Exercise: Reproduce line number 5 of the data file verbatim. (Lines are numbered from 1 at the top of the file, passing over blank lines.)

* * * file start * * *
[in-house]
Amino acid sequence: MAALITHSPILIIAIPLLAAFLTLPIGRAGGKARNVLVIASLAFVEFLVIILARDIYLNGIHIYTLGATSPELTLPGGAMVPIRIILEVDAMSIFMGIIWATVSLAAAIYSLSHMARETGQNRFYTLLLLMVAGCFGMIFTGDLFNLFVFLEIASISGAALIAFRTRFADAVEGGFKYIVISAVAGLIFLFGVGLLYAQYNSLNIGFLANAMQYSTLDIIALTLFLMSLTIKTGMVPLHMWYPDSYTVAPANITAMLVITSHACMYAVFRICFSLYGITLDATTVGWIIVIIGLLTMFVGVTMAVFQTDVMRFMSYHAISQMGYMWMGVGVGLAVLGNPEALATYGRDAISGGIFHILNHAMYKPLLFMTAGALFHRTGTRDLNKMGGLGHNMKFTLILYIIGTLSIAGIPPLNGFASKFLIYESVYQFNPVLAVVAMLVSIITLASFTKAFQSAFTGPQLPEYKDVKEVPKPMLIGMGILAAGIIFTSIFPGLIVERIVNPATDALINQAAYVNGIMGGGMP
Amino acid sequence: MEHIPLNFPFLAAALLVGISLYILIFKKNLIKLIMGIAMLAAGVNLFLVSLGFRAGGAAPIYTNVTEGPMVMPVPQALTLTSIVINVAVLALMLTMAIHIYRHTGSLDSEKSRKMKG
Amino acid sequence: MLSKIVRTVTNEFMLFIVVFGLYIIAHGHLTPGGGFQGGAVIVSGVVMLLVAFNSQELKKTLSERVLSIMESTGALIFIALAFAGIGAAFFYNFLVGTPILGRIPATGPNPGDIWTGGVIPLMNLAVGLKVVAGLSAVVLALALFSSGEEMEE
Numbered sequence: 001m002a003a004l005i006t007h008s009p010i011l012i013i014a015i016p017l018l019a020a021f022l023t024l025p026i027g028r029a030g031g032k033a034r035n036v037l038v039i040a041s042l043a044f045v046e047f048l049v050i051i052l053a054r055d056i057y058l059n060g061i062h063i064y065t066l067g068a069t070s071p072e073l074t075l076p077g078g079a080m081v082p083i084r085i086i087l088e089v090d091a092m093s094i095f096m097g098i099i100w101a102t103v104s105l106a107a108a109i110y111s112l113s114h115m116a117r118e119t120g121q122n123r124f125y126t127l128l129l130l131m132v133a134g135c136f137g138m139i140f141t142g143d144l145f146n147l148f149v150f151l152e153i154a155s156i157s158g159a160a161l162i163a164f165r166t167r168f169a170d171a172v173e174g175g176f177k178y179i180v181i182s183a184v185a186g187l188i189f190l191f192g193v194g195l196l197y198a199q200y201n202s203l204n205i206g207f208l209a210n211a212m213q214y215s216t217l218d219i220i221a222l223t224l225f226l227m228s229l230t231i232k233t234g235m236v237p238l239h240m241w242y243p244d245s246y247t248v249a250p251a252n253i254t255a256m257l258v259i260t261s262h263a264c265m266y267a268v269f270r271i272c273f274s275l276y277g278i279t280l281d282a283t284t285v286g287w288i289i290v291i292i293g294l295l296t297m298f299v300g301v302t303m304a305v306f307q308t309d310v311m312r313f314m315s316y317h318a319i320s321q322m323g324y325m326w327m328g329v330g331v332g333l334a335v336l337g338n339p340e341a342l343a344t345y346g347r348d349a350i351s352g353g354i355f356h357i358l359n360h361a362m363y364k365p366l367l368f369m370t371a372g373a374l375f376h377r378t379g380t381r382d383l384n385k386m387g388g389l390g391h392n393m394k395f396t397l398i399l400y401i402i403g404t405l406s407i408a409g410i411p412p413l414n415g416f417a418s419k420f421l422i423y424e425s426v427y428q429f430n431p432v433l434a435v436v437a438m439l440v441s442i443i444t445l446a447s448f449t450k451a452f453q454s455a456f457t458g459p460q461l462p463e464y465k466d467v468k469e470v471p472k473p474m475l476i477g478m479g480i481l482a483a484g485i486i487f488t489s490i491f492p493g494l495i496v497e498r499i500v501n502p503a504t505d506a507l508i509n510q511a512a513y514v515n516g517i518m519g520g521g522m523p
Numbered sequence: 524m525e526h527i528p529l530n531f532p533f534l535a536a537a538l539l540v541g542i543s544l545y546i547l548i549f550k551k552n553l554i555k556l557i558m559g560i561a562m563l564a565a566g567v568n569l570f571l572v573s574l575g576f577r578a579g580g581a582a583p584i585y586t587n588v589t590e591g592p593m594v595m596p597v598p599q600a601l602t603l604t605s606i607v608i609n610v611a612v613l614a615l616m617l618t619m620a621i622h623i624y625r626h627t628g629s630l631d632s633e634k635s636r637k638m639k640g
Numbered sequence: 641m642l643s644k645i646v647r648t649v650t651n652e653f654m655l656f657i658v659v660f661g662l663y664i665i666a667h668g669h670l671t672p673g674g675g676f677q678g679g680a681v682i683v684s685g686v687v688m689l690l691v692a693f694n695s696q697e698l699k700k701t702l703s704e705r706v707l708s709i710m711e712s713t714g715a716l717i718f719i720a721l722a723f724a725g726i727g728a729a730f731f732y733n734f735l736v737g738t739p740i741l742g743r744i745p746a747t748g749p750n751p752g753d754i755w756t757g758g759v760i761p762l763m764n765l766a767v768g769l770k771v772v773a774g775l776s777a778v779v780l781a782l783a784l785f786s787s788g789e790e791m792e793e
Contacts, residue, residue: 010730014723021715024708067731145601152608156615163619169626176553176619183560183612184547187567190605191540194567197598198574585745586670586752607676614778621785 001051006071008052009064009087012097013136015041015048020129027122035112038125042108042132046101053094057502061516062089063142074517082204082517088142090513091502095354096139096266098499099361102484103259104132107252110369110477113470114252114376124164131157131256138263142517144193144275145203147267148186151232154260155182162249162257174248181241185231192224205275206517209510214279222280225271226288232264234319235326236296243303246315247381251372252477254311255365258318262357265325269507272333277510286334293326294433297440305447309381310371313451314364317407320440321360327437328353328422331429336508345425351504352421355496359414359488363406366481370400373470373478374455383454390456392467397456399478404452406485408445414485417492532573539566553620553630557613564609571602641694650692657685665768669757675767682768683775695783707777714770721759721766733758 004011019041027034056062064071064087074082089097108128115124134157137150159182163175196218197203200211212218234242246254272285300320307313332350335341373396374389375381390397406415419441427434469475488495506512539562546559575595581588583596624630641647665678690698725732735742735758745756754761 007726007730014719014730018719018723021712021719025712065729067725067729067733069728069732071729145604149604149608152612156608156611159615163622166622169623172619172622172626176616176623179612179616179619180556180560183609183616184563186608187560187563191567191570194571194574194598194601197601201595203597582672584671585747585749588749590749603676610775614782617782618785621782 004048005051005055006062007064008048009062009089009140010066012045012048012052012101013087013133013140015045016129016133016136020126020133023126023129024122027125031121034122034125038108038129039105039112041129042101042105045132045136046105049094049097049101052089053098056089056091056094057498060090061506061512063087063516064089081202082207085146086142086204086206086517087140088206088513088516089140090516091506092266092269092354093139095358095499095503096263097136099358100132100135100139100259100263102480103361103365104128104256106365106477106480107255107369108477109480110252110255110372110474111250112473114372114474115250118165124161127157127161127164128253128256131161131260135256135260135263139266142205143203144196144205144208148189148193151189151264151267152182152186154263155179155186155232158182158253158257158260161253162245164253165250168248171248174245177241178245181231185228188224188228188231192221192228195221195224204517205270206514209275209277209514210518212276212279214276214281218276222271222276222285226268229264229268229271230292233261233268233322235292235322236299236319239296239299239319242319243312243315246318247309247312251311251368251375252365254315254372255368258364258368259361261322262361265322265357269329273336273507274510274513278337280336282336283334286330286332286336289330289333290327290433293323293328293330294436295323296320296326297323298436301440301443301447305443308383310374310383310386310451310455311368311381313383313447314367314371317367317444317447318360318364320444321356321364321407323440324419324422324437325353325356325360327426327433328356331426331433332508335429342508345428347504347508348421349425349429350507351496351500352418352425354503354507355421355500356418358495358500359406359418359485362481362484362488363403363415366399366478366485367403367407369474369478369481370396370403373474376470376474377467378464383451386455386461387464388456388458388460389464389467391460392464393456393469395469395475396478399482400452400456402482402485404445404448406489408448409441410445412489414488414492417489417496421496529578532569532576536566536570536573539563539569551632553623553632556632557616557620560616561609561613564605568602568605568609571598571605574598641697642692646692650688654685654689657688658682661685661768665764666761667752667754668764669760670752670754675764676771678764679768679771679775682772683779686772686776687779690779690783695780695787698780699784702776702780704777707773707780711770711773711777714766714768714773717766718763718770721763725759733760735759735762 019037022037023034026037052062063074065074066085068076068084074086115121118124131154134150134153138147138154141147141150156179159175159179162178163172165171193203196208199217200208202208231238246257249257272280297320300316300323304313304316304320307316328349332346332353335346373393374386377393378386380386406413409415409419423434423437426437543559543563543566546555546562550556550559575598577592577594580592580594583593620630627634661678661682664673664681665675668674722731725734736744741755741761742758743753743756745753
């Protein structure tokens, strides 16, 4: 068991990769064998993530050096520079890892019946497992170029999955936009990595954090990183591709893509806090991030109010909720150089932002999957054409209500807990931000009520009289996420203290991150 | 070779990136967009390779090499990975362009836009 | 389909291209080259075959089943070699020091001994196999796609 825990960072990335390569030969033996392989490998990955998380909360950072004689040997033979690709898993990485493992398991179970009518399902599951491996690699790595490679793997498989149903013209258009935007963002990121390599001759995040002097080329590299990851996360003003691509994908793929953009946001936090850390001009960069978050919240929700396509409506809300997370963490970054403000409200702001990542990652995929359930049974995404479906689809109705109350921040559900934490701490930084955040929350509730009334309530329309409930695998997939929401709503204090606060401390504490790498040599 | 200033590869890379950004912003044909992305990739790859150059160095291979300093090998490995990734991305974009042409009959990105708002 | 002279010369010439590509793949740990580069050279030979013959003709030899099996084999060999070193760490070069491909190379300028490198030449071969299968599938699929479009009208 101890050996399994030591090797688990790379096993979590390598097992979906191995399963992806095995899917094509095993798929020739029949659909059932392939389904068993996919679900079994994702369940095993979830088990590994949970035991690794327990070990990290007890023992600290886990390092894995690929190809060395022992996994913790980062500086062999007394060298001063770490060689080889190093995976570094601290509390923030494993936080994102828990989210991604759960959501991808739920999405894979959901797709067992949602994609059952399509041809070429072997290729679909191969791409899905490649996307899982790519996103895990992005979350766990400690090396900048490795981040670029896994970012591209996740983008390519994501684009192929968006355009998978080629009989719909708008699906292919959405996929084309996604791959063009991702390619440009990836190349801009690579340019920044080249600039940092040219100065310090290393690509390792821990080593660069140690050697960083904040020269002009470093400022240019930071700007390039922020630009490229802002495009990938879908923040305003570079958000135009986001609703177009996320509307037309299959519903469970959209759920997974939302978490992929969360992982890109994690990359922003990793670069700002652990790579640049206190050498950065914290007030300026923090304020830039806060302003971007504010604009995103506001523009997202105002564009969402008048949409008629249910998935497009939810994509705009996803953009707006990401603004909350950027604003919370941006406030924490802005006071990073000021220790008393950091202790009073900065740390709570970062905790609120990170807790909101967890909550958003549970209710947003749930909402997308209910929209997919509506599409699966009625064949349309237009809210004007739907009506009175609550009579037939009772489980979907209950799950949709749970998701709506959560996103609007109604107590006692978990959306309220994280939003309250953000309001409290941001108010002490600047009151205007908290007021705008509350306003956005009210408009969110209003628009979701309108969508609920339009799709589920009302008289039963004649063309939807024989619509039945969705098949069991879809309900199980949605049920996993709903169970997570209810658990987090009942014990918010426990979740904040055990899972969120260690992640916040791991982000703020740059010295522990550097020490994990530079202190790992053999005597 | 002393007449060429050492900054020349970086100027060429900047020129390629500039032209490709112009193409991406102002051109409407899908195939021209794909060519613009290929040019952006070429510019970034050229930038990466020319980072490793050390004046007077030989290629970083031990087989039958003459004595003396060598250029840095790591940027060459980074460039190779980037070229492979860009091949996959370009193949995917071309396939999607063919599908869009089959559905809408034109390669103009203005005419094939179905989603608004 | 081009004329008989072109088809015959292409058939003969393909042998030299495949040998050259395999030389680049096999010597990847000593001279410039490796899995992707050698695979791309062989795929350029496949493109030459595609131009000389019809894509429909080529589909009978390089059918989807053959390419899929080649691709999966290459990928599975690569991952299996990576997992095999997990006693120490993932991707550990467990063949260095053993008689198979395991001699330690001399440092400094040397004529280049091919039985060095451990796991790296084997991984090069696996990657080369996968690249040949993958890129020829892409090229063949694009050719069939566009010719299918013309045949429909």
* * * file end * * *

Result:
Numbered sequence: 001m002a003a004l005i006t007h008s009p010i011l012i013i014a015i016p017l018l019a020a021f022l023t024l025p026i027g028r029a030g031g032k033a034r035n036v037l038v039i040a041s042l043a044f045v046e047f048l049v050i051i052l053a054r055d056i057y058l059n060g061i062h063i064y065t066l067g068a069t070s071p072e073l074t075l076p077g078g079a080m081v082p083i084r085i086i087l088e089v090d091a092m093s094i095f096m097g098i099i100w101a102t103v104s105l106a107a108a109i110y111s112l113s114h115m116a117r118e119t120g121q122n123r124f125y126t127l128l129l130l131m132v133a134g135c136f137g138m139i140f141t142g143d144l145f146n147l148f149v150f151l152e153i154a155s156i157s158g159a160a161l162i163a164f165r166t167r168f169a170d171a172v173e174g175g176f177k178y179i180v181i182s183a184v185a186g187l188i189f190l191f192g193v194g195l196l197y198a199q200y201n202s203l204n205i206g207f208l209a210n211a212m213q214y215s216t217l218d219i220i221a222l223t224l225f226l227m228s229l230t231i232k233t234g235m236v237p238l239h240m241w242y243p244d245s246y247t248v249a250p251a252n253i254t255a256m257l258v259i260t261s262h263a264c265m266y267a268v269f270r271i272c273f274s275l276y277g278i279t280l281d282a283t284t285v286g287w288i289i290v291i292i293g294l295l296t297m298f299v300g301v302t303m304a305v306f307q308t309d310v311m312r313f314m315s316y317h318a319i320s321q322m323g324y325m326w327m328g329v330g331v332g333l334a335v336l337g338n339p340e341a342l343a344t345y346g347r348d349a350i351s352g353g354i355f356h357i358l359n360h361a362m363y364k365p366l367l368f369m370t371a372g373a374l375f376h377r378t379g380t381r382d383l384n385k386m387g388g389l390g391h392n393m394k395f396t397l398i399l400y401i402i403g404t405l406s407i408a409g410i411p412p413l414n415g416f417a418s419k420f421l422i423y424e425s426v427y428q429f430n431p432v433l434a435v436v437a438m439l440v441s442i443i444t445l446a447s448f449t450k451a452f453q454s455a456f457t458g459p460q461l462p463e464y465k466d467v468k469e470v471p472k473p474m475l476i477g478m479g480i481l482a483a484g485i486i487f488t489s490i491f492p493g494l495i496v497e498r499i500v501n502p503a504t505d506a507l508i509n510q511a512a513y514v515n516g517i518m519g520g521g522m523p